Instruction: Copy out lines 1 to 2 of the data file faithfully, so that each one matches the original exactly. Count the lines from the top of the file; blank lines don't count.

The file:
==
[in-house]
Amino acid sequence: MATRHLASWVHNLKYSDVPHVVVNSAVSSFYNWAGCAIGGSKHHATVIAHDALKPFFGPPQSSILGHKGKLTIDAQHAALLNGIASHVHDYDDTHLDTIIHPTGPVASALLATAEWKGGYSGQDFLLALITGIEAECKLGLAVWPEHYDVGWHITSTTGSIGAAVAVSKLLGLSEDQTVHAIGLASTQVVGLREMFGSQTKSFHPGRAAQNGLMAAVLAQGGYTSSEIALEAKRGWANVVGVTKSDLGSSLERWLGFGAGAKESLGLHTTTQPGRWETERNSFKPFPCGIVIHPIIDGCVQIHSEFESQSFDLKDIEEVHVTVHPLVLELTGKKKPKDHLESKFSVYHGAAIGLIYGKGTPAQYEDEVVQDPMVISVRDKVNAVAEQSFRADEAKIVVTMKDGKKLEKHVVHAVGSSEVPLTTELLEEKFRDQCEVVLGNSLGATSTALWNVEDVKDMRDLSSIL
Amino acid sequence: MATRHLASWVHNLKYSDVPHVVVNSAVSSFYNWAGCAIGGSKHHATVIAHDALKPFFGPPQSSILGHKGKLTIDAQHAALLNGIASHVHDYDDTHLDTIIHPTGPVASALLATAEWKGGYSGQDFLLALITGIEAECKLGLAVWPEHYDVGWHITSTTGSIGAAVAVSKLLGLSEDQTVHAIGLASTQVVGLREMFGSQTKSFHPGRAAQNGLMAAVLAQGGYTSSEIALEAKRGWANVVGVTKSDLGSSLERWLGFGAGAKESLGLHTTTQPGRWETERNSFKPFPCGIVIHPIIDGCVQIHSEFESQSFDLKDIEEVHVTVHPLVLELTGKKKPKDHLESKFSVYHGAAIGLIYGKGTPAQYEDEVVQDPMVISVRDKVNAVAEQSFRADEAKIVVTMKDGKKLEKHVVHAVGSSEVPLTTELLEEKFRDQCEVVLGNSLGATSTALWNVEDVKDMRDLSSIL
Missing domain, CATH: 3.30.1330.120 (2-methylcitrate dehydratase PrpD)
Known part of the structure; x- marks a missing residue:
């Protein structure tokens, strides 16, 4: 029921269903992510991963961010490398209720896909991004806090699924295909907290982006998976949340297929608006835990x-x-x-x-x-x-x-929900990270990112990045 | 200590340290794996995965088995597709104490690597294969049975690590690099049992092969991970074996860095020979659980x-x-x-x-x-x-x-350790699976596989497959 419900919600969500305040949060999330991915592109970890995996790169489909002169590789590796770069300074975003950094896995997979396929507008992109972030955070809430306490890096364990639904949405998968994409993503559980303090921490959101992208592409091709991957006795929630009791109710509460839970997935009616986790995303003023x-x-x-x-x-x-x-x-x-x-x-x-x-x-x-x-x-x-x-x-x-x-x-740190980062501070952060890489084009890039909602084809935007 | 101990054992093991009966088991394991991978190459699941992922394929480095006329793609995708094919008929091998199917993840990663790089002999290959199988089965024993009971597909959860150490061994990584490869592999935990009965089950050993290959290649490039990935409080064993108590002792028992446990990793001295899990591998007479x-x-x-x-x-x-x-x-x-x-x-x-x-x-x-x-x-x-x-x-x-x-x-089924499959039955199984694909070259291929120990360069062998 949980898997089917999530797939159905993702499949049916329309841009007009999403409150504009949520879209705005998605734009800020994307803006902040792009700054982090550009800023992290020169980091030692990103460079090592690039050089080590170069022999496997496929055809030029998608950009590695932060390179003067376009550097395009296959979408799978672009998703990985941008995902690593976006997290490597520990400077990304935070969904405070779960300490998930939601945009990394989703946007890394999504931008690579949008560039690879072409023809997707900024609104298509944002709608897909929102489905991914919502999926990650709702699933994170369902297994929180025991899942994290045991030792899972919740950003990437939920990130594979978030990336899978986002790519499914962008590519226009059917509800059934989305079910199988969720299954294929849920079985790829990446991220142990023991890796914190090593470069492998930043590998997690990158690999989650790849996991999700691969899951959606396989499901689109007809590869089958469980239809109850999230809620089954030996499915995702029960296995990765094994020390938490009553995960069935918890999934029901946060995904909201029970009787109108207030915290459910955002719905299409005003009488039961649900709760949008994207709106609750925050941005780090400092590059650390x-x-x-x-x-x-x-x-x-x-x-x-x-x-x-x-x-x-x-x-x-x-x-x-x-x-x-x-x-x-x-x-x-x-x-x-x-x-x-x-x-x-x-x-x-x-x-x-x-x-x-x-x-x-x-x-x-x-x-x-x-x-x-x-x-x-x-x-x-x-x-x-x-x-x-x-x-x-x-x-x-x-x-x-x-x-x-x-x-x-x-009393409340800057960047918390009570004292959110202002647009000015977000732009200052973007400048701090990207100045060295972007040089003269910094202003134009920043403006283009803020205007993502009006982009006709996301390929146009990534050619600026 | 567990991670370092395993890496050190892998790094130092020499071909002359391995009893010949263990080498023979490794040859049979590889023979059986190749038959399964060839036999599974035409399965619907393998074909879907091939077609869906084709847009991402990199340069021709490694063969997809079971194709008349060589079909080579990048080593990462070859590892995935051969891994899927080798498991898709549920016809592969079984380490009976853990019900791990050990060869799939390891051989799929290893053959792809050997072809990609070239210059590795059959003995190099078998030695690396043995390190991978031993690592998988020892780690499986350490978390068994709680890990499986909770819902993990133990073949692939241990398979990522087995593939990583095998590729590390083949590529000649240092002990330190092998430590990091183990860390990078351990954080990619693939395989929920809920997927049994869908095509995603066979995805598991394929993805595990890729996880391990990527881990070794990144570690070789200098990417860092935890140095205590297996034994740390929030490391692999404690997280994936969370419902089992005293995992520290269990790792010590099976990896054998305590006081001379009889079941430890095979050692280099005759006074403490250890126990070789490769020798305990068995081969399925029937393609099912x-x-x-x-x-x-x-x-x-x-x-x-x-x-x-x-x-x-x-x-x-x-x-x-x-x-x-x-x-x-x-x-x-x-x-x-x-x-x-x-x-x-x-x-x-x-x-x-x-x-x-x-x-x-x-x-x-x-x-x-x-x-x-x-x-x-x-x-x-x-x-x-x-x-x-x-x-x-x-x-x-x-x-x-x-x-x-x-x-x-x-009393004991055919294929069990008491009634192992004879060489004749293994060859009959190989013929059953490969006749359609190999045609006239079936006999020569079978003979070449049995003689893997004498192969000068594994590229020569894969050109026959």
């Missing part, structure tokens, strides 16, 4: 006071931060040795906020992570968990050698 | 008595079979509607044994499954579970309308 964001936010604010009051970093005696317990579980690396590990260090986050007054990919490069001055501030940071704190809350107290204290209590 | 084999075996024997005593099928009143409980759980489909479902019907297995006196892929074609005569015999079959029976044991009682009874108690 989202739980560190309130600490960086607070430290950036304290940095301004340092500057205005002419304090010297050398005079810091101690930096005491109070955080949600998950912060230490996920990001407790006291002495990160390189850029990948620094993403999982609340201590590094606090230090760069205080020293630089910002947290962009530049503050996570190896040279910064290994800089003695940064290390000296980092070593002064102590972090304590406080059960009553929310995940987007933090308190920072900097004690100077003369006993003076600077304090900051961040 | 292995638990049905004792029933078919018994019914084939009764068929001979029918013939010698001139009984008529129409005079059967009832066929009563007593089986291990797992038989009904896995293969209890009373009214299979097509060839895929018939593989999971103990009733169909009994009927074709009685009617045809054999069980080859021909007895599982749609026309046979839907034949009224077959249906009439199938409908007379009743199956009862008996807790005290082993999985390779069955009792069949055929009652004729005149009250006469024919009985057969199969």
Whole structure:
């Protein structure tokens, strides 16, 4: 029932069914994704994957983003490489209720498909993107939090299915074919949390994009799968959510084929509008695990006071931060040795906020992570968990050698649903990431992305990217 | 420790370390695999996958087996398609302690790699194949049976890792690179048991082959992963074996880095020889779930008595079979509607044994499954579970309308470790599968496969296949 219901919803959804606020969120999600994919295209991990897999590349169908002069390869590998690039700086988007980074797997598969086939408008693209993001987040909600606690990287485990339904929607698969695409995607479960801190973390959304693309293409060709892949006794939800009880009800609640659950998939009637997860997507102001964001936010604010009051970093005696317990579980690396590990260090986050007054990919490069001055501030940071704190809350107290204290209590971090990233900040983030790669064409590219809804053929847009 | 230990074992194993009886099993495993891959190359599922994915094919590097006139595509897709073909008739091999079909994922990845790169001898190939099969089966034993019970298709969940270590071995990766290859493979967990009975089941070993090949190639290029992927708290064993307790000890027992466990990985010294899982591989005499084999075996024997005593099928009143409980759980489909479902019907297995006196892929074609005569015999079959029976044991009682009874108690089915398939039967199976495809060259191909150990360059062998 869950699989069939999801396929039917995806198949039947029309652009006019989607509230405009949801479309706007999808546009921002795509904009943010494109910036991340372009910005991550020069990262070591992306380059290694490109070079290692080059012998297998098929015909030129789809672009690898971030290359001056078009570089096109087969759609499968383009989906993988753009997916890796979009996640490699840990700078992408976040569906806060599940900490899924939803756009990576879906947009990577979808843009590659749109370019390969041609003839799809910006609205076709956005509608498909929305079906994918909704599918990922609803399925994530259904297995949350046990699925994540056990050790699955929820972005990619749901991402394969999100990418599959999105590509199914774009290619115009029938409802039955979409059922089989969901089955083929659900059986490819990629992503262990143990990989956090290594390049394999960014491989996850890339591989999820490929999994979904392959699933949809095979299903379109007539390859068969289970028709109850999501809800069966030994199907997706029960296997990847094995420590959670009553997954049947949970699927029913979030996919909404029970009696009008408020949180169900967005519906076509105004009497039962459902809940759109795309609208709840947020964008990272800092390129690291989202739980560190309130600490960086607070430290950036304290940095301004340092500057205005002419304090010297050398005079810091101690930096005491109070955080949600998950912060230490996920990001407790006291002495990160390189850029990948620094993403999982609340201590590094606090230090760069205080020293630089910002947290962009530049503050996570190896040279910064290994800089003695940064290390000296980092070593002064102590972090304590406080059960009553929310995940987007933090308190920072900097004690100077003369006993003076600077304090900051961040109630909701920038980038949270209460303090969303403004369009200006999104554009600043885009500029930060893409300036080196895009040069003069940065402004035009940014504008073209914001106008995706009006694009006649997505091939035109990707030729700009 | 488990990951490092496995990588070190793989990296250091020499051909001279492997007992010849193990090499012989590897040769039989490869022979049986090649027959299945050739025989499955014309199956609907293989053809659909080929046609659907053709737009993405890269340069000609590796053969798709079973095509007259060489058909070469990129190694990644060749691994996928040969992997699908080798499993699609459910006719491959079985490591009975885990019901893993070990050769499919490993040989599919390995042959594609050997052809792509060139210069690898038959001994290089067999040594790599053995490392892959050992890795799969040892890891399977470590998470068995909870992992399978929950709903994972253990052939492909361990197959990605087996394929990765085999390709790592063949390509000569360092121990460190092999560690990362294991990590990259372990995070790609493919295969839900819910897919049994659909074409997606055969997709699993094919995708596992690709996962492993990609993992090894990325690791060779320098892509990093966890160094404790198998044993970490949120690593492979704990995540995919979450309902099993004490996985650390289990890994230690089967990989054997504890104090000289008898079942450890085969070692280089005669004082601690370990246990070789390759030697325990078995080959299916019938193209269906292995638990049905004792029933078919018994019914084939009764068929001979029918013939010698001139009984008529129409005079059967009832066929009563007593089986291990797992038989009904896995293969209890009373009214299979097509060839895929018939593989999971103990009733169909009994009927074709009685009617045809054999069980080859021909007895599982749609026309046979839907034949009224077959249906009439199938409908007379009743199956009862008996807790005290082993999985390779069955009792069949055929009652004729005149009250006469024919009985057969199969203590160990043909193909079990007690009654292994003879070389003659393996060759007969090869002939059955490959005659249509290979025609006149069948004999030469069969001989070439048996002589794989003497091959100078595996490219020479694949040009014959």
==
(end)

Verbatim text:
[in-house]
Amino acid sequence: MATRHLASWVHNLKYSDVPHVVVNSAVSSFYNWAGCAIGGSKHHATVIAHDALKPFFGPPQSSILGHKGKLTIDAQHAALLNGIASHVHDYDDTHLDTIIHPTGPVASALLATAEWKGGYSGQDFLLALITGIEAECKLGLAVWPEHYDVGWHITSTTGSIGAAVAVSKLLGLSEDQTVHAIGLASTQVVGLREMFGSQTKSFHPGRAAQNGLMAAVLAQGGYTSSEIALEAKRGWANVVGVTKSDLGSSLERWLGFGAGAKESLGLHTTTQPGRWETERNSFKPFPCGIVIHPIIDGCVQIHSEFESQSFDLKDIEEVHVTVHPLVLELTGKKKPKDHLESKFSVYHGAAIGLIYGKGTPAQYEDEVVQDPMVISVRDKVNAVAEQSFRADEAKIVVTMKDGKKLEKHVVHAVGSSEVPLTTELLEEKFRDQCEVVLGNSLGATSTALWNVEDVKDMRDLSSIL